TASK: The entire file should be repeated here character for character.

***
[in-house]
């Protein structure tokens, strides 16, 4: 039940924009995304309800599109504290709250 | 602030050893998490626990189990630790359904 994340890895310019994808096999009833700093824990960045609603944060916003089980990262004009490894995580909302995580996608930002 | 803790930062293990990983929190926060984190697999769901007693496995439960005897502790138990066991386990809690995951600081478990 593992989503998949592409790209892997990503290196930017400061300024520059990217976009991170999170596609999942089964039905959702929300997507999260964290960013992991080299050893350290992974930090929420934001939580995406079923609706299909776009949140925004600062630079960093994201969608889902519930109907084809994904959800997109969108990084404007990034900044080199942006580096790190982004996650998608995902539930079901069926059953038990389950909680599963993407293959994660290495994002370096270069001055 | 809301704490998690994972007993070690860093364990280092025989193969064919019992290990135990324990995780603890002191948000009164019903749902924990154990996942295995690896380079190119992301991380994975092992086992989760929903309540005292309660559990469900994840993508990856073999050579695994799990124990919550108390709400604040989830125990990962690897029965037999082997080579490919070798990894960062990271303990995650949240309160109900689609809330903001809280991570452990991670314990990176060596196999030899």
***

[in-house]
């Protein structure tokens, strides 16, 4: 039940924009995304309800599109504290709250 | 602030050893998490626990189990630790359904 994340890895310019994808096999009833700093824990960045609603944060916003089980990262004009490894995580909302995580996608930002 | 803790930062293990990983929190926060984190697999769901007693496995439960005897502790138990066991386990809690995951600081478990 593992989503998949592409790209892997990503290196930017400061300024520059990217976009991170999170596609999942089964039905959702929300997507999260964290960013992991080299050893350290992974930090929420934001939580995406079923609706299909776009949140925004600062630079960093994201969608889902519930109907084809994904959800997109969108990084404007990034900044080199942006580096790190982004996650998608995902539930079901069926059953038990389950909680599963993407293959994660290495994002370096270069001055 | 809301704490998690994972007993070690860093364990280092025989193969064919019992290990135990324990995780603890002191948000009164019903749902924990154990996942295995690896380079190119992301991380994975092992086992989760929903309540005292309660559990469900994840993508990856073999050579695994799990124990919550108390709400604040989830125990990962690897029965037999082997080579490919070798990894960062990271303990995650949240309160109900689609809330903001809280991570452990991670314990990176060596196999030899």